How A 52-Year-Old Went From Not Being Able To Do A Push-Up To Winning The CrossFit Games
A one-hour CrossFit class at a gym, or a “box” as it’s known in the CrossFit world, starts with 15-20 minutes of weight lifting, where a coach leads the class through a strength movement that usually involves a barbell, like squats, deadlifts, or cleans. The second portion of the class is spent completing the “WOD” or “Workout Of the Day.” The WOD is short, usually no more than 10-20 minutes, and focuses on varied movements such as weightlifting, calisthenics, gymnastics, and sprints.
“I drove home after that first workout, and an hour later I still wasn’t recovered. I couldn’t breathe, my heart was still racing and I was shaky,” she says. “And I said ‘I’m not going back. I’m never doing that again.’ And the other side of my brain was like ‘You’re scared. So you’re going back.’ And that’s what did it.”
The road to the CrossFit Games
“In the beginning, it was just very humbling,” Edington says of her first few weeks of CrossFit. “You have to check your ego at the door and just realize that you’re going to suck at a lot of stuff. And that can be hard for people.”
But her background as a gymnast came in handy, and helped her to understand the progressions in movements that have deep gymnastic roots—like a pull-up, muscle up, or anything involving the rings. “Some people just refuse to listen to the coaches and take the necessary steps to building strength and stability before lifting that heavier weight or trying to do that new movement. It’s hard for people to understand that, but as a gymnast I learned all of these skills at a young age,” she says.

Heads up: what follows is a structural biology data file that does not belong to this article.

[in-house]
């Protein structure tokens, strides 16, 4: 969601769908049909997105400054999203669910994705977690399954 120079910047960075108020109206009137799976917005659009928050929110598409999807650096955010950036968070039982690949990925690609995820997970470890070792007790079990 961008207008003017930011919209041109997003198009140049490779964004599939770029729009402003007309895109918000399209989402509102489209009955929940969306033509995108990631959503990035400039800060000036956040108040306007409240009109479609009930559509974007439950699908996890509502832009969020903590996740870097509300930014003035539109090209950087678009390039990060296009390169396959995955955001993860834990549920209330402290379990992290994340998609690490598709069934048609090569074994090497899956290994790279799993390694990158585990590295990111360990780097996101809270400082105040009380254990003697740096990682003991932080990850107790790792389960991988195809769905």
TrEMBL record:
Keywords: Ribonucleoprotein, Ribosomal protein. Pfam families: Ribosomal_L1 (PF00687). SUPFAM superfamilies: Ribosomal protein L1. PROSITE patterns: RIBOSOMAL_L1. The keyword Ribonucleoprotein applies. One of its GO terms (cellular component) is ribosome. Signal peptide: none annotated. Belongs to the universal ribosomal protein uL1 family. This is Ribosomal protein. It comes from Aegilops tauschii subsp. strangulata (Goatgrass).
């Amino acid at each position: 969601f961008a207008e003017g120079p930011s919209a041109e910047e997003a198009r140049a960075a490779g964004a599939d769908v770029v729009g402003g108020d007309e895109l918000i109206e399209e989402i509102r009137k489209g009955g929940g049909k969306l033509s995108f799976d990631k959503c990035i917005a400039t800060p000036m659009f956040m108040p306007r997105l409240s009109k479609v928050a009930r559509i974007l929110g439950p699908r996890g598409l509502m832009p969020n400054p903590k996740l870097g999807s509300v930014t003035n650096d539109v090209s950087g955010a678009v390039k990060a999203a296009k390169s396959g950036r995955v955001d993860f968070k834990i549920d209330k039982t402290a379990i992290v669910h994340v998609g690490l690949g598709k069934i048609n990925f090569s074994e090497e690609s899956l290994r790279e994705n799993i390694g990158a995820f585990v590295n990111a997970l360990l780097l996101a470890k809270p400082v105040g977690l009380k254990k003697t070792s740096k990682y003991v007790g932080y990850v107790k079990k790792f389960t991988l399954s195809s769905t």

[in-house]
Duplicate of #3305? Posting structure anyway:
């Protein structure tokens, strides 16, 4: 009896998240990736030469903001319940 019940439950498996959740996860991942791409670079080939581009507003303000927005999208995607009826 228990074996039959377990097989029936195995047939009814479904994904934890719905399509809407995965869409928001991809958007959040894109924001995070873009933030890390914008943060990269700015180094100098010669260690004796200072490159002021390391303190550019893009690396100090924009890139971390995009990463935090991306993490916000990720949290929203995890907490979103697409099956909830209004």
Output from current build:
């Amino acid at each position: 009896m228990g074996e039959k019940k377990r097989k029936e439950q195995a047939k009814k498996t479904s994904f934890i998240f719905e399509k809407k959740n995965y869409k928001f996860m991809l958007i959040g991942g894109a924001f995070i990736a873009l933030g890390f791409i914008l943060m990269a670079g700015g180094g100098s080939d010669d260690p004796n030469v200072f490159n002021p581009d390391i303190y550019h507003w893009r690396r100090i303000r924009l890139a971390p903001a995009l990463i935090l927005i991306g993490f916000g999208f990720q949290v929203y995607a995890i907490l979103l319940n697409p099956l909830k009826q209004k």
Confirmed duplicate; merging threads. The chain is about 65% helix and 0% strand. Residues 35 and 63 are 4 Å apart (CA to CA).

Her first goal was to master the push-up that had taunted her in that first class. She started by holding a plank position to build core and upper body strength. Once that became too easy, she practiced doing pushups on her knees, until she had enough strength to completely lower and raise her body from the full plank position.
After five months of attending classes, Potterf, who became Edington’s coach, recognized her natural talent for the sport and asked Edington how old she was. When she told him she was 47, he replied two simple words: “You’re competing.”
At the time, Edington had no idea you could even compete in CrossFit. “I paid no attention,” she laughed. “I’d go in, do the class, and leave.”
The CrossFit Games—essentially the Super Bowl of CrossFit—were created in 2007 in search of the “Fittest on Earth.” After a grueling qualification process, the world’s fittest 40 men, 40 women, 40 teams, 80 teenagers, and 240 masters are invited to the Games, an annual four-day event where the athletes compete in a variety of workouts.
Competitors who make it to the Games don’t know what the workouts will be until right before the competition. In Edington’s division, athletes compete in two events a day for four days straight.
In 2011, Edington participated in her first CrossFit Open—step one in the qualifying process to reach the Games—and placed 70th in the world for her age group. That might not sound impressive, but it takes some athletes years to place that high in their respective age groups. That’s when Potterf told her that she had the potential to compete in the Games.